By Joseph de Burca
The British Establishment transformed itself into a lightning conductor to harness the visceral anger generated by the senseless killing of Lyra McKee in Derry on 18 April. It then redirected that energy as a debilitating shock into the heart of the New IRA. No less a figure than Britain’s PM Theresa May turned up for Lyra McKee’s funeral in Derry to highlight the disgust felt by the UK. Leo Varadkar performed the same task for the people of the Republic.
Arlene Foster and Michelle O’Neill were given a dressing down from the pulpit for not getting together, before shuffling up next to each other on a pew at the funeral and a new lease of life was injected into the talks to reinstate powersharing at Stormont. The much derided Secretary of State for NI must have thought all her birthdays had come as one.
Lyra’s courageous friends took up her cause and were much admired on TV screens around the world as they daubed the walls of the political offices associated with the New IRA in Derry with blood red palm prints.
An anti-paramilitary slogan was sprayed across the famous Free Derry mural. ‘Not in our name. RIP Lyra’, it read.
While the New IRA reeled in shock, the PSNI and MI5 reaped a propaganda windfall they could never have dreamt of. All told, the riot on the night of 18 April not only failed to goad the Northern State into an overaction likely to alienate Nationalists in Derry as the New IRA hoped, it resulted in the latter organisation shooting itself in the foot.
The fact that Lyra McKee was a LGTB campaigner hoping to marry her partner was seized upon by the mainstream media, and raised her international profile to higher levels. The fact she came from a state where gay marriage is not permitted, generated more headlines.
No one anywhere had a single bad word to say about her.
Her friends have kept her LGBT flag flying. They recently appeared on Channel 4 News where they criticised the failures of the NI state to do anything to advance LGBT rights (aside from spend a miserable few hundred pounds).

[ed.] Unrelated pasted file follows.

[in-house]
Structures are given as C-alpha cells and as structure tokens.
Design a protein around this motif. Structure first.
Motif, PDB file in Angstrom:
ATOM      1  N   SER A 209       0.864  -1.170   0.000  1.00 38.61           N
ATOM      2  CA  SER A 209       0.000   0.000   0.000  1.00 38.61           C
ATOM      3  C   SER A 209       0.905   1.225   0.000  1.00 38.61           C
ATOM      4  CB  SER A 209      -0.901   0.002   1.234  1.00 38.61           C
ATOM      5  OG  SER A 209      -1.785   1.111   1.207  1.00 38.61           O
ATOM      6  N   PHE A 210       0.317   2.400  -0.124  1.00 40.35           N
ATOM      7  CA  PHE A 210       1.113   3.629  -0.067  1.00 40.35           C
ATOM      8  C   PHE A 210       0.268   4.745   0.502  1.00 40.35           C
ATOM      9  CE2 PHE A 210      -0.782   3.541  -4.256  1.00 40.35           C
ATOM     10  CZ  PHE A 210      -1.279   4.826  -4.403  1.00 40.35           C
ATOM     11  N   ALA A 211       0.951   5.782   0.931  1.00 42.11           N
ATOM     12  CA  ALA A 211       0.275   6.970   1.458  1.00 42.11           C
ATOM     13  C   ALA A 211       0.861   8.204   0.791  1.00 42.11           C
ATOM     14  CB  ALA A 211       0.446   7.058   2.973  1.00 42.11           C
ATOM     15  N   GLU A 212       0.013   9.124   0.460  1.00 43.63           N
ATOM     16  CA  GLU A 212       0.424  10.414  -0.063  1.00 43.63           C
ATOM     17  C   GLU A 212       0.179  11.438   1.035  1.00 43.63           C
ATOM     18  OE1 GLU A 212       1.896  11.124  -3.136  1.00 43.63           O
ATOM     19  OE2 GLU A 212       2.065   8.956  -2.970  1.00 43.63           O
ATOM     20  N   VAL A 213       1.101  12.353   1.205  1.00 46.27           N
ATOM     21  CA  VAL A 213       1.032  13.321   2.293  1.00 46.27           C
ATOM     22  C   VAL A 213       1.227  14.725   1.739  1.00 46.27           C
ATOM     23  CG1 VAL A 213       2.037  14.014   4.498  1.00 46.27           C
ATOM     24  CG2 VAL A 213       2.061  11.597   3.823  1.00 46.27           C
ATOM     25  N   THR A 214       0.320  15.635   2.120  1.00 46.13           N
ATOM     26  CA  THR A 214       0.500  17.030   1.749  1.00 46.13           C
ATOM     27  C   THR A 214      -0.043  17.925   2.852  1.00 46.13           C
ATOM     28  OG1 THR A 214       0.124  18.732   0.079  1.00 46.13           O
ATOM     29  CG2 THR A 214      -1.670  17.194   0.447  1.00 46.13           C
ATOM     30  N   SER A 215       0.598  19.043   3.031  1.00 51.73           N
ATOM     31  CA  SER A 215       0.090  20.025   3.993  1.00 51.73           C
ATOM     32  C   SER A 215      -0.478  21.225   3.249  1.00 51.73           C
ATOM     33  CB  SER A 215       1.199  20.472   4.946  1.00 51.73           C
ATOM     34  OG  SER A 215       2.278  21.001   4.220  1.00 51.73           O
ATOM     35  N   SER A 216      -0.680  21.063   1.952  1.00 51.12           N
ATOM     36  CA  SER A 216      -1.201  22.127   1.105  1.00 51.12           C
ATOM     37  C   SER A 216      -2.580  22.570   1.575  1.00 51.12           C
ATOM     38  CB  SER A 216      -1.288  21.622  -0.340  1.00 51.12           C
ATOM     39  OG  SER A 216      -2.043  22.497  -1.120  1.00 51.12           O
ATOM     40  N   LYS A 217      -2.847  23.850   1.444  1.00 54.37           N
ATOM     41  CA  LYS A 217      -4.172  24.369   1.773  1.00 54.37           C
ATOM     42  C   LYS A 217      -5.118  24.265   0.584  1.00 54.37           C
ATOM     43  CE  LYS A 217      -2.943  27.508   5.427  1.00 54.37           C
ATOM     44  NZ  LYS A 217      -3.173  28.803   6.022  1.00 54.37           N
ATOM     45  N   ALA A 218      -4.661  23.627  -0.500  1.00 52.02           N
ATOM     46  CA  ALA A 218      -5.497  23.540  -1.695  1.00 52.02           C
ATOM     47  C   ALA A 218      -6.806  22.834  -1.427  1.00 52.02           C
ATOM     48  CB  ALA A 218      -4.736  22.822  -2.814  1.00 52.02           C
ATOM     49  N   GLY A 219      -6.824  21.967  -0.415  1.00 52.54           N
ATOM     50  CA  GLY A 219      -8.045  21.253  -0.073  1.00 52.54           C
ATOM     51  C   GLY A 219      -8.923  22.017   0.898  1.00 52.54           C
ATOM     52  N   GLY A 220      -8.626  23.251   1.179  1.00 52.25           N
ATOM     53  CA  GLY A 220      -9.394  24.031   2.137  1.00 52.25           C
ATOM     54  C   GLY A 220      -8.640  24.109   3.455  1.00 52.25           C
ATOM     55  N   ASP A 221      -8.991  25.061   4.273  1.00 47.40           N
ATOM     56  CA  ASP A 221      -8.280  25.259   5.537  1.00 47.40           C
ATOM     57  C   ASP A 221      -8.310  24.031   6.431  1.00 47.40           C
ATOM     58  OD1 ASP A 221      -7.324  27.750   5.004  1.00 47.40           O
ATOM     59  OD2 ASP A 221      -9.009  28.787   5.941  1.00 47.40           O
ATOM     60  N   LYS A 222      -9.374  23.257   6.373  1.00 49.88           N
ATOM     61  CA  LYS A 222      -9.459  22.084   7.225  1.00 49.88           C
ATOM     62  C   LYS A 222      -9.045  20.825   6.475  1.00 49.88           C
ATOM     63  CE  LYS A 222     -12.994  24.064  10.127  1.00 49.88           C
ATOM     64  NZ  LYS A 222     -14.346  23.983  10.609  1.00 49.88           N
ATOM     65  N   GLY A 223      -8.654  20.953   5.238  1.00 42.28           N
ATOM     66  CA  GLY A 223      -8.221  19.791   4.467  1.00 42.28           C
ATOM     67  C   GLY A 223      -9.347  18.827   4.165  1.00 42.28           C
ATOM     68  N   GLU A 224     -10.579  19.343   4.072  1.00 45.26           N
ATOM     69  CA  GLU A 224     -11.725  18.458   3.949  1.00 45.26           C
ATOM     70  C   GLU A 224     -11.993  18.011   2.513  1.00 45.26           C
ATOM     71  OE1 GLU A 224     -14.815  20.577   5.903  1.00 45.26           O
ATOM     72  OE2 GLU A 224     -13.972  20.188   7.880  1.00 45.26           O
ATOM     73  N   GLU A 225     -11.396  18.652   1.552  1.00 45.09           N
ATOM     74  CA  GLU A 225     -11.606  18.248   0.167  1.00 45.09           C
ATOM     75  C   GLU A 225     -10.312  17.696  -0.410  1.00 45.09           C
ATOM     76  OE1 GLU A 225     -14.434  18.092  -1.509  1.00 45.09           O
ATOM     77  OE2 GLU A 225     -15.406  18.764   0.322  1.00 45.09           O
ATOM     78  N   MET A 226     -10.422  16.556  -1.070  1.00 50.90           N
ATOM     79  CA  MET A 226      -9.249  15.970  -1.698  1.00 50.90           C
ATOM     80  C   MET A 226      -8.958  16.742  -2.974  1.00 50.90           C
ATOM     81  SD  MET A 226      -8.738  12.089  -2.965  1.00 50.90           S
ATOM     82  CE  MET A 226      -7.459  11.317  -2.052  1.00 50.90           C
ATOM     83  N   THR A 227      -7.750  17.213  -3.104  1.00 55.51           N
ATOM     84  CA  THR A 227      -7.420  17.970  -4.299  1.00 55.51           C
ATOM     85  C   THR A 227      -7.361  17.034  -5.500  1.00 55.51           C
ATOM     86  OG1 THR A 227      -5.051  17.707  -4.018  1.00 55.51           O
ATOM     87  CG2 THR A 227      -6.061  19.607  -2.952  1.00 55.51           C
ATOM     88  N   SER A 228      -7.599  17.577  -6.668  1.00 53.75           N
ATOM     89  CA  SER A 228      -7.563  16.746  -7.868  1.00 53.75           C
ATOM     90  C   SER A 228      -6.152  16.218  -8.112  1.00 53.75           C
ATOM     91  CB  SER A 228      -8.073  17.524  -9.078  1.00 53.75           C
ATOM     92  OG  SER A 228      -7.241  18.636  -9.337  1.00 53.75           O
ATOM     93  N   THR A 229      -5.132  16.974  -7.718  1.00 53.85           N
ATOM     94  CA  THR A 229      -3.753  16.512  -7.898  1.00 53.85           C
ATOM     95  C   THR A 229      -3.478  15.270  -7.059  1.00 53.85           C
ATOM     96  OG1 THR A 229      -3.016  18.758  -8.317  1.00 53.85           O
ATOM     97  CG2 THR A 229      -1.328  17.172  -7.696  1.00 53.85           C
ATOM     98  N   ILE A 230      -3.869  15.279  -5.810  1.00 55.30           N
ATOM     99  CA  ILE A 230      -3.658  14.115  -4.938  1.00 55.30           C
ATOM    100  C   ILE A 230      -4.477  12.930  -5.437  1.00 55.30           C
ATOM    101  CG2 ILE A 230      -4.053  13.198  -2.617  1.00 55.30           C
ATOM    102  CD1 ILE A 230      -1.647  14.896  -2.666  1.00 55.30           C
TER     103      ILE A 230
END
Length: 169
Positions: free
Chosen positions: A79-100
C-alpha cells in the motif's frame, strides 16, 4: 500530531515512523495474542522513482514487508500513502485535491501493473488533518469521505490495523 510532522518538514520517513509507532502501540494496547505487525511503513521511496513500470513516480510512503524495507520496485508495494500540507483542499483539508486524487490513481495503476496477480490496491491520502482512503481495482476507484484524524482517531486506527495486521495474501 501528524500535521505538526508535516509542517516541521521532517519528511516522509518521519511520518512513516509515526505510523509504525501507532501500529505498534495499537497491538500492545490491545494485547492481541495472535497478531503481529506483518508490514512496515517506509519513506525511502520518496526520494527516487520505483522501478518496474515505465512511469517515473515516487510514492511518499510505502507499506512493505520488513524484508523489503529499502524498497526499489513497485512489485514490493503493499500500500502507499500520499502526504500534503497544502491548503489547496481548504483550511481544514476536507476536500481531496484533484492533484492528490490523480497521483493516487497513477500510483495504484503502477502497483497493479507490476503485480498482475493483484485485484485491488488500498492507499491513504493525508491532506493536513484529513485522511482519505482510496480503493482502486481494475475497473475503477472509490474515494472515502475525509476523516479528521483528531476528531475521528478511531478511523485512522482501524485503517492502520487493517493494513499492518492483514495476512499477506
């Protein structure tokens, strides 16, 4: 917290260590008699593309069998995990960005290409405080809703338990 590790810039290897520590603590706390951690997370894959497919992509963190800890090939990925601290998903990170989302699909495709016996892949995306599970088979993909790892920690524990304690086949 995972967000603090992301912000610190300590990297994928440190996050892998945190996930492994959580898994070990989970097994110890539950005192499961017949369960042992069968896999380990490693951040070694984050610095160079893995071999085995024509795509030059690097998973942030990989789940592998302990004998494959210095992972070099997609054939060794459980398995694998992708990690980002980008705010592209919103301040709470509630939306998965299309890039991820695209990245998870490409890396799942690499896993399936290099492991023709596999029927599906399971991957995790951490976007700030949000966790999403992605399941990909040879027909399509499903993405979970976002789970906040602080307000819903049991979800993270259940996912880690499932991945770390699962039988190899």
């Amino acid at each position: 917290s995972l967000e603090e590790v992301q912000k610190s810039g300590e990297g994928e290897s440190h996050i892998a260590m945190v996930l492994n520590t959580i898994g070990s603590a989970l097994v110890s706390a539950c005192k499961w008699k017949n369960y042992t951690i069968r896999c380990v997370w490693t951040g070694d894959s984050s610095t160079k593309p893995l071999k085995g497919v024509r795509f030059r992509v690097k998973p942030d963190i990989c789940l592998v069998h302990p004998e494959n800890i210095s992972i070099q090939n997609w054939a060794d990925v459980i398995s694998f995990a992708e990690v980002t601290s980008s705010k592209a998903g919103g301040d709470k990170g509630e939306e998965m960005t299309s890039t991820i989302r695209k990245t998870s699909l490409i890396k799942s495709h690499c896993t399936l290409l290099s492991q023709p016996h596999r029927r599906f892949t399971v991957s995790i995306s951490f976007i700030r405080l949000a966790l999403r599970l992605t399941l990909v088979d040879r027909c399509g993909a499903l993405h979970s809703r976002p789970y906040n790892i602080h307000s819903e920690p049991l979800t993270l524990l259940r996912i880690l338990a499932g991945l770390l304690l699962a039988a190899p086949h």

On a professional level McKee was deservedly lauded on all sides for her journalistic instincts. She was described as an award-winning writer chosen as one of Forbes 30-under-30 most promising young journalists.
It couldn’t have looked better from an anti-paramilitary propaganda perspective for the Establishment until suddenly this week news of the content of her book began to leak out. While no one at Village has seen it yet, it looks very much like it is going to open a door on the clandestine links between the Robert Bradford MP murder and the Kincora child sex abuse scandal.
What an irony therefore that the British Establishment is going to have to tear Lyra McKee’s reputation apart or weather the fallout from her book. It is sure to become a bestseller. Will the Tory yeomanry who came out to defend Ted Heath after the Wiltshire police exposed him as a child abuser in 2018 now form up to villify Lyra as a gullible conspiracy theorist?
The Bradford murder may yet prove to be every bit as egregious as the infamous State sponsored murder of the solicitor Patrick Finucane in February 1989.
Why was Bradford really murdered? Lyra McKee’s book may be about to shine a light over British State involvement in the killing and add a gruesome new chapter to the Kincora scandal. Kincora is arguably the most atrocious British excess of the Troubles. It is a hydra-headed monster that incorporates a multitude of crimes including decades of child abuse, blackmail, proxy terrorism and the perversion of justice. In more recent times MI5 and MI6 have lied to the Hart Inquiry (which swallowed the lies whole).
Kincora is a scandal that will not go away. Will Lyra McKee’s forthcoming book raise uncomfortable questions of the State-sponsored assassination of a sitting Westminster MP by an MI5 agent inside the Provisional IRA?
We have only weeks left to find out precisely what Lyra McKee discovered, or more precisely what she unravelled about the lines of inquiry Bradford was probing. What was it he found out that led to his death?
All of the plaudits heaped on Lyra McKee may soon turn out to be an underestimation of her talent.